A good friend of mine has a funny story about bringing their dog to Germany.  When they arrived at the airport and placed the dog in her carrier on the scale, they discovered that it was just over the weight limit that would push them into the next price category.  Anticipating the trauma the dog would have to endure, they had given her an extra special breakfast that morning.  The thought occurred to them, “that extra can of Alpo could end up costing us $500!”  So, my friend ran the dog up and down the airport trying to get the poor dog to … um … rid herself of the goods, while her husband threw all of the extra blankets they had piled into the carrier into the trash can.  Anyway, they re-weighed and everything was fine.  (Someone may or may not have slipped a finger under the lip of the carrier to “lighten” it a little more – I can’t really remember all of the details.)  Too bad I couldn’t make my suitcase “poop” out some pounds the time I went a little crazy shopping while visiting Mytle Beach and I had to pay an extra $25 at the airport.

So, I guess my point is, you should never attempt to bring a horse home as a souvenir from Europe and you should always visit the restroom before traveling.   Oh, and Mom and Dad, you were right again! 

For those of you who might be wondering why I am going through with it anyway…

dancer-7-14-07-003.jpg

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Top Ten List – “What I Love About France”

Posted by mandyhuckins on March 17, 2008

10.)  The language.  French is so beautiful, and yet so impossible for me to pronounce.  Case in point: Once, in Paris, I was trying to find a street on the map.  I asked a very nice looking lady working behind the front desk of our hotel, “Can you tell me how to find ROO DE LA BOO-SHARE-REE?”  She cocked her head to the side and said, “Well,  I have never heard of it, but let me check our map.”  She pulls a telephone-book sized map book from behind the counter and proceeds to flip through the pages.  “Hmmm.  I don’t see it.”  So, I start spelling it for her – B-U-C-H-E-R-I-E .  “Oh!” she exclaims with a chuckle, “Oui, I know where that is.  But, you see, I couldn’t understand what you were saying.  You said ‘Roo de la Boo-cher-ree’ and we say ‘RoodelaBoocherie’.”  Oh, yes, what a difference!  I can see why you had NO idea what I was trying to say.  Plus, the address happened to be for a famous, English bookshop in Paris about two blocks from where we were!  I hope none of you speak French. 

9.) The Eiffel Tower.  The Parisians hate it, but I can’t help it.  It just seems so – French.  Plus, it is so pretty when is sparkles.  What can I say?  I am a tourist.

8.) Veuve Cliquot.  I loved this French champagne before I ever put a toe on French soil.  But, it is still delicious, and I still love it.

7.) The Louvre.  Truly – the most amazing art museum in the world.

6.) The Strasbourg Christmas Market.  Ordinarily, Germany takes the cake at Christmas, but this French city gives Germany a run for its money.  They have several different market areas with everything decorated to the maximum.  Tasty treats, delicious warm drinks, fun decorations to purchase – what could be better? 

5.)  Galleries Lafayette.  This is the major French department store.  Poor Colin.  But, then again, they do usually have a champagne bar and French cafeteria in the basement level.  That can usually keep him entertained for an hour while I run around getting frustrated by French sizes.  What is up with the 1, 2, 3?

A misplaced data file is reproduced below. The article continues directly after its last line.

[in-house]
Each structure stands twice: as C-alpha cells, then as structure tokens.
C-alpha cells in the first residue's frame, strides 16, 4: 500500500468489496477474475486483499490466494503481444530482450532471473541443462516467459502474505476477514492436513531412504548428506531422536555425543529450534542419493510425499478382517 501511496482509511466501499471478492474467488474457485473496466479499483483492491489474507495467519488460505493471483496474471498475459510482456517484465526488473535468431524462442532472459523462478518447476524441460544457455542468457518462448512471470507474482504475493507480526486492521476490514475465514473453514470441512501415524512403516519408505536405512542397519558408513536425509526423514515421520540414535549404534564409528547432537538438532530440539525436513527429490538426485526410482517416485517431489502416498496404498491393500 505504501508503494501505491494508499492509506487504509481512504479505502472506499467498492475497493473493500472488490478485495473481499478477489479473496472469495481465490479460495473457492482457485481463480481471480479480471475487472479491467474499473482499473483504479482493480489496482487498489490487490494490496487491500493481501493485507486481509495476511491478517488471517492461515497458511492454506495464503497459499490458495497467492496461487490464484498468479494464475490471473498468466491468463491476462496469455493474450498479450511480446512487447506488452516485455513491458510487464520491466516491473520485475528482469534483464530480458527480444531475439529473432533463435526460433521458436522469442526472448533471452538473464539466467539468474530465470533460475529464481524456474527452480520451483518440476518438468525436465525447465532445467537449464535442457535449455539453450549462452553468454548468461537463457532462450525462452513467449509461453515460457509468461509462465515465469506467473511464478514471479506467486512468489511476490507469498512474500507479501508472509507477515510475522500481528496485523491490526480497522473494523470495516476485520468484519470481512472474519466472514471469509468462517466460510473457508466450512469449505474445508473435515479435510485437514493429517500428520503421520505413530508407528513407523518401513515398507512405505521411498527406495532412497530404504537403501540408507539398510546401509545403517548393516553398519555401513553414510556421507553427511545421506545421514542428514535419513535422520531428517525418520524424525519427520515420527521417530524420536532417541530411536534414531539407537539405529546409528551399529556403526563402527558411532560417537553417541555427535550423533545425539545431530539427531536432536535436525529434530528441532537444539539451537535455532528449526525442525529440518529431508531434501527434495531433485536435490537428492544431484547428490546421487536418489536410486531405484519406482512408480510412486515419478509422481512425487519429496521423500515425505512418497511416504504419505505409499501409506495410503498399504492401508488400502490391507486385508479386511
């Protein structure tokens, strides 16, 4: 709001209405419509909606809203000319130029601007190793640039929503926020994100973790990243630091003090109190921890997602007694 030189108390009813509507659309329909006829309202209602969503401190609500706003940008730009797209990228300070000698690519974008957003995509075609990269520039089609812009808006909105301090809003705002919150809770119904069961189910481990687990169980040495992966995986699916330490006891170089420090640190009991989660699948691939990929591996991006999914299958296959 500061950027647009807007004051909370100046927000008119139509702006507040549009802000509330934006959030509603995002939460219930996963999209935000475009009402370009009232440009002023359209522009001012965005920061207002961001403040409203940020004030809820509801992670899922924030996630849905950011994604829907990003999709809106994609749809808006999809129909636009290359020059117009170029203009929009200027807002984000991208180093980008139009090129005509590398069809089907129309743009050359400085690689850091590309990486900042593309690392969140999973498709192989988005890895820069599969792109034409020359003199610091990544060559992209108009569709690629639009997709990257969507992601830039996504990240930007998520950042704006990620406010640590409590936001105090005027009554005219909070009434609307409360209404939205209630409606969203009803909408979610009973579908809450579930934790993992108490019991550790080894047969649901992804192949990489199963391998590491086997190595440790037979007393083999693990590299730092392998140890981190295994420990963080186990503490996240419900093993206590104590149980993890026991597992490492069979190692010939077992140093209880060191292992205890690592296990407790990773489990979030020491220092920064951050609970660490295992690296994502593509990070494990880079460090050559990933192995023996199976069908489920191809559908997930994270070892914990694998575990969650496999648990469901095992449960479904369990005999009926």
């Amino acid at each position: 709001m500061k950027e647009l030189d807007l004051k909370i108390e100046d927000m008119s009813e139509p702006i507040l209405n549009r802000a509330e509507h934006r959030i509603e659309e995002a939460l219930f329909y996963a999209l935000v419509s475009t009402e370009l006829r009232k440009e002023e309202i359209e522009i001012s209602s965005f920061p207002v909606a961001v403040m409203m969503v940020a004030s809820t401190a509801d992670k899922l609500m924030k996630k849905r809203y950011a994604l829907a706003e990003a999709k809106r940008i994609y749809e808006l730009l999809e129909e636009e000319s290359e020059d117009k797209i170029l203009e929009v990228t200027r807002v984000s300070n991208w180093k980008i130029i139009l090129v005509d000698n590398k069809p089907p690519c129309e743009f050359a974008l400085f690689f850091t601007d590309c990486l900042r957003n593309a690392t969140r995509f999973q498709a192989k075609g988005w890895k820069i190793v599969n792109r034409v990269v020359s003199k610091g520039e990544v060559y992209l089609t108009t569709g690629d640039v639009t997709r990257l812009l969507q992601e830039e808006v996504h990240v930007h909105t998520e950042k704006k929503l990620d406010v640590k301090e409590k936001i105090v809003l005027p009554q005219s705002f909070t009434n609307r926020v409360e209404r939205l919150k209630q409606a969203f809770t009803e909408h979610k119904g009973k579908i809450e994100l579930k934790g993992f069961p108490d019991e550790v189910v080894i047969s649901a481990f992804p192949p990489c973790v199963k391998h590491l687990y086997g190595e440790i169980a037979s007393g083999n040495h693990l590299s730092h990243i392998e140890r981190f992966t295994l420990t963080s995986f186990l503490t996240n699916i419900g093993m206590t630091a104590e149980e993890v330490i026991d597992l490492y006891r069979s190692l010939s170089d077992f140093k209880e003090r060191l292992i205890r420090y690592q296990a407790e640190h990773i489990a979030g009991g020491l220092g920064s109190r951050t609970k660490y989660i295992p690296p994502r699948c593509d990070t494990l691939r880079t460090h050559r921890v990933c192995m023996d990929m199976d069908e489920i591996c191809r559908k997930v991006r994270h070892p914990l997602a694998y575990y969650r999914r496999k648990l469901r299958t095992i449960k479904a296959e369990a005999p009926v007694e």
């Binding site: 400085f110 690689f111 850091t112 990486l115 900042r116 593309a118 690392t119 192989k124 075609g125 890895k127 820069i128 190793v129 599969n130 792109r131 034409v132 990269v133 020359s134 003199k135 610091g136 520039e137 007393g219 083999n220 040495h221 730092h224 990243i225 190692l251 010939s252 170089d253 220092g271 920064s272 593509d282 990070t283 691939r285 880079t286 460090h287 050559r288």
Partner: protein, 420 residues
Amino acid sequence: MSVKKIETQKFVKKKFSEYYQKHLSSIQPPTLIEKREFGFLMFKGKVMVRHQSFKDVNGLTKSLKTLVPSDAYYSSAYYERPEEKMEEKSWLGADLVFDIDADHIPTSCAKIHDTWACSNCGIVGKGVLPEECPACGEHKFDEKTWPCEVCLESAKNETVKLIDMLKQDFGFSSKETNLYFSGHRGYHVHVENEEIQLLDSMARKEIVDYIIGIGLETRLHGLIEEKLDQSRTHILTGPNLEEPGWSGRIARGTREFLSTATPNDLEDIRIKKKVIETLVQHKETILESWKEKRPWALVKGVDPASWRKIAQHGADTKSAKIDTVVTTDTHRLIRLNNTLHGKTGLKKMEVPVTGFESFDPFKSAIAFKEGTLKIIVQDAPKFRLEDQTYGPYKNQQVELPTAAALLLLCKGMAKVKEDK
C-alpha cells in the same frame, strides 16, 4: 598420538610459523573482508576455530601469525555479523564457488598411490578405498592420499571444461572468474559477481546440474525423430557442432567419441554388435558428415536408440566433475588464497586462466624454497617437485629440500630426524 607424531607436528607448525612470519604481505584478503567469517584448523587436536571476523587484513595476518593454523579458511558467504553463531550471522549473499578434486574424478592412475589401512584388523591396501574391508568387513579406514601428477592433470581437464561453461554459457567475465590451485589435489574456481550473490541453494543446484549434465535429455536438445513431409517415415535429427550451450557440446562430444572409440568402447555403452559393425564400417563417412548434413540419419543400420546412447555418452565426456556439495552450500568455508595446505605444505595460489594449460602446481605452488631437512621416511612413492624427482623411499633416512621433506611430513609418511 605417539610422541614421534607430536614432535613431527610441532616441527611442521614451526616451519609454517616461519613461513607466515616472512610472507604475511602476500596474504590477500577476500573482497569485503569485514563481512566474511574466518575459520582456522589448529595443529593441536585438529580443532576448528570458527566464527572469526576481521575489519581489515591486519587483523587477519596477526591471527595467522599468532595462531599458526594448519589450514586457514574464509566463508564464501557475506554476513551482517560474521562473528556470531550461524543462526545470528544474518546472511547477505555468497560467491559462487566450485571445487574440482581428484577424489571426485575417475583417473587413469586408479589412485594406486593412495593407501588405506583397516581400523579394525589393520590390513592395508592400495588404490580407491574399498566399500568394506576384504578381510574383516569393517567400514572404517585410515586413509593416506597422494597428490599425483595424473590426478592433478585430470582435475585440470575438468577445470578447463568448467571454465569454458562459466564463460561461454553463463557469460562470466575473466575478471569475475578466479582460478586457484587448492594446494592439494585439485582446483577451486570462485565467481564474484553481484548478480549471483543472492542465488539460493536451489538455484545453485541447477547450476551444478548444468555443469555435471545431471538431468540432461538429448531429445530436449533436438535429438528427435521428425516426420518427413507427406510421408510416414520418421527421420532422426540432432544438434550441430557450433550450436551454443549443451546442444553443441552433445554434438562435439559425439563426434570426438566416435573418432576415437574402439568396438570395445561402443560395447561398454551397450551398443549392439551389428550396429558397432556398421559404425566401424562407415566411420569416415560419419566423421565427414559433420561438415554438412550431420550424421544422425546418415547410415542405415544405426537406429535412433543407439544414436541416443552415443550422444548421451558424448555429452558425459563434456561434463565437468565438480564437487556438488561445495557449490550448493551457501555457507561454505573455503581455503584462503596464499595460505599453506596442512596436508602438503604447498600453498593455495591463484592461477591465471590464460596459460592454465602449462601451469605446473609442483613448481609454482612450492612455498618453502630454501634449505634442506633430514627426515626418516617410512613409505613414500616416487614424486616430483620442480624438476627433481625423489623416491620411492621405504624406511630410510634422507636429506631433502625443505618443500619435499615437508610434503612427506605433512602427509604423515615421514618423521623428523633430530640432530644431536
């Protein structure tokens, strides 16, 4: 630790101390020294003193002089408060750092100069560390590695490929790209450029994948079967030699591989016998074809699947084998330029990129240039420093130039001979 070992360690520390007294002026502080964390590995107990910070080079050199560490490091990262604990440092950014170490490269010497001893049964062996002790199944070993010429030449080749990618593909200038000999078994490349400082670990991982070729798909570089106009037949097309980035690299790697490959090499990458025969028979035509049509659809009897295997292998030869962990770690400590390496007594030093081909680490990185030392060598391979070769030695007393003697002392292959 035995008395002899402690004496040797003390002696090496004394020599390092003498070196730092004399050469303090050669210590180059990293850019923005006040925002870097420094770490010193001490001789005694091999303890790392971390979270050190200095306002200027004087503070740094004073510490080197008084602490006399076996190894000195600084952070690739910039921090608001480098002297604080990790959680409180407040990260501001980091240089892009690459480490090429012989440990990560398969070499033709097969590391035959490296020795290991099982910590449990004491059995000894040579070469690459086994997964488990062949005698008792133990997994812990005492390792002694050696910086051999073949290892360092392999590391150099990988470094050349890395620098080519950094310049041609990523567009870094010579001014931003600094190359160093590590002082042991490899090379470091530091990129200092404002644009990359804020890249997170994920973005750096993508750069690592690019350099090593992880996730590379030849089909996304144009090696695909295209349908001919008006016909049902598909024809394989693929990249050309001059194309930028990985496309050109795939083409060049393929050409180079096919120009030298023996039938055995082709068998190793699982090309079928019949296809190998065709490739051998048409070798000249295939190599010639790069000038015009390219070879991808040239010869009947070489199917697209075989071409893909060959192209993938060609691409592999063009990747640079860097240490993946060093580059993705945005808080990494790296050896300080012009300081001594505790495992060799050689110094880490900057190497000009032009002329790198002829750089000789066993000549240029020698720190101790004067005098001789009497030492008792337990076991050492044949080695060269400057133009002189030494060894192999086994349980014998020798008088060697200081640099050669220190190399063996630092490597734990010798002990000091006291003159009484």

4.) Baguettes.  I have always loved “French bread” and my friend Becky will tell you that in college, I would buy a loaf and I wouldn’t even be out of the store before I was tearing off a hunk and eating it.  (What was I thinking?) But, now that I know that the French are the absolute, undisputed gold medal winners in the bread making Olympics, I have to fight that urge again when I leave the French grocery store with my – sigh – still warm, buttery-crusty-perfection on the outside, soft and delicious on the inside, arm-length piece of deliciousness they call a baguette.  I really would (and do) drive 45 minutes each way just to cross the French border to get one.  Or two.  The only problem with them is that they do not last, so they can’t be saved for the next day.

3.) Sea-Salt butter from Normandy.  I can remember a time when someone would offer me some butter with my bread and I would….REFUSE!  Those days are over.  In fact, this butter is so delicious that I could almost pull it out of the fridge and take a bite out of it.  Almost.  But, it does make anything else in the world taste more delicious than that thing tastes by itself. 

2.) Spreading number 3 on number 4 and adding French ham.  I am normally not huge on sandwiches, but this one – so simple and yet – tres magnifique!

1.) This view – need I say more?

French Riviera

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Lake Como, Italy

Posted by mandyhuckins on March 13, 2008

Lake ComoLake Como

Well, yes, living in Europe does have its advantages, such as popping down to Italy for a long weekend.  Lake Como entered American consciousness by being featured in several films.  Also, George Clooney owns a villa there (unfortunately, he was not in residence during our visit, otherwise, I am sure he would have invited us over to dinner.)  This is usually a summer tourist destination, and it is probably even more beautiful during the warmer months, but there is something to be said for avoiding the crowds.  Plus, our favorite reasons for visiting Italy are food and drink – things which know no season.  We wandered through the lakeside towns of Como and Bellagio and spent a day in Milan.  The water in the Lake is surprising crystal clear and (unsurprisingly) very cold.  Colin rolled up his pant legs and waded in – “we can’t come all this way and not get in the Lake!”  He sure did come out quickly though!  All in all, it was a lovely and relaxing three day holiday.